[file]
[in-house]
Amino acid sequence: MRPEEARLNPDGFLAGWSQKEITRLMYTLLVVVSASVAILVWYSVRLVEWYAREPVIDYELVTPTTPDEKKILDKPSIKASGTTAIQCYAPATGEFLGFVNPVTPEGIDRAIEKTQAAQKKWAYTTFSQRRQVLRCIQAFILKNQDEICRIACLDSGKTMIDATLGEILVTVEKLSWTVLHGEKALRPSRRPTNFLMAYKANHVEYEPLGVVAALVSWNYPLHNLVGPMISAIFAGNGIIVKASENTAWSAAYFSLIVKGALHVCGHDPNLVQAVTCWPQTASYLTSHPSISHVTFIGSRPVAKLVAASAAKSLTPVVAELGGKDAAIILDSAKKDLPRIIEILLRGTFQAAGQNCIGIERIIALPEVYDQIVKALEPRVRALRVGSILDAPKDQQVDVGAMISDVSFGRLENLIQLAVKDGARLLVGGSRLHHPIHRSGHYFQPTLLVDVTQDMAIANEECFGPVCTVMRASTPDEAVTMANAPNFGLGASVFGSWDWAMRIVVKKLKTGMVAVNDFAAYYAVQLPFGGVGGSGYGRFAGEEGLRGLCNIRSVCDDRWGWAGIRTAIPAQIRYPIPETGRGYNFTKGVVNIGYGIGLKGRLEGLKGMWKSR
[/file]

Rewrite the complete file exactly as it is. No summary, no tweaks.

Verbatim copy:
[in-house]
Amino acid sequence: MRPEEARLNPDGFLAGWSQKEITRLMYTLLVVVSASVAILVWYSVRLVEWYAREPVIDYELVTPTTPDEKKILDKPSIKASGTTAIQCYAPATGEFLGFVNPVTPEGIDRAIEKTQAAQKKWAYTTFSQRRQVLRCIQAFILKNQDEICRIACLDSGKTMIDATLGEILVTVEKLSWTVLHGEKALRPSRRPTNFLMAYKANHVEYEPLGVVAALVSWNYPLHNLVGPMISAIFAGNGIIVKASENTAWSAAYFSLIVKGALHVCGHDPNLVQAVTCWPQTASYLTSHPSISHVTFIGSRPVAKLVAASAAKSLTPVVAELGGKDAAIILDSAKKDLPRIIEILLRGTFQAAGQNCIGIERIIALPEVYDQIVKALEPRVRALRVGSILDAPKDQQVDVGAMISDVSFGRLENLIQLAVKDGARLLVGGSRLHHPIHRSGHYFQPTLLVDVTQDMAIANEECFGPVCTVMRASTPDEAVTMANAPNFGLGASVFGSWDWAMRIVVKKLKTGMVAVNDFAAYYAVQLPFGGVGGSGYGRFAGEEGLRGLCNIRSVCDDRWGWAGIRTAIPAQIRYPIPETGRGYNFTKGVVNIGYGIGLKGRLEGLKGMWKSR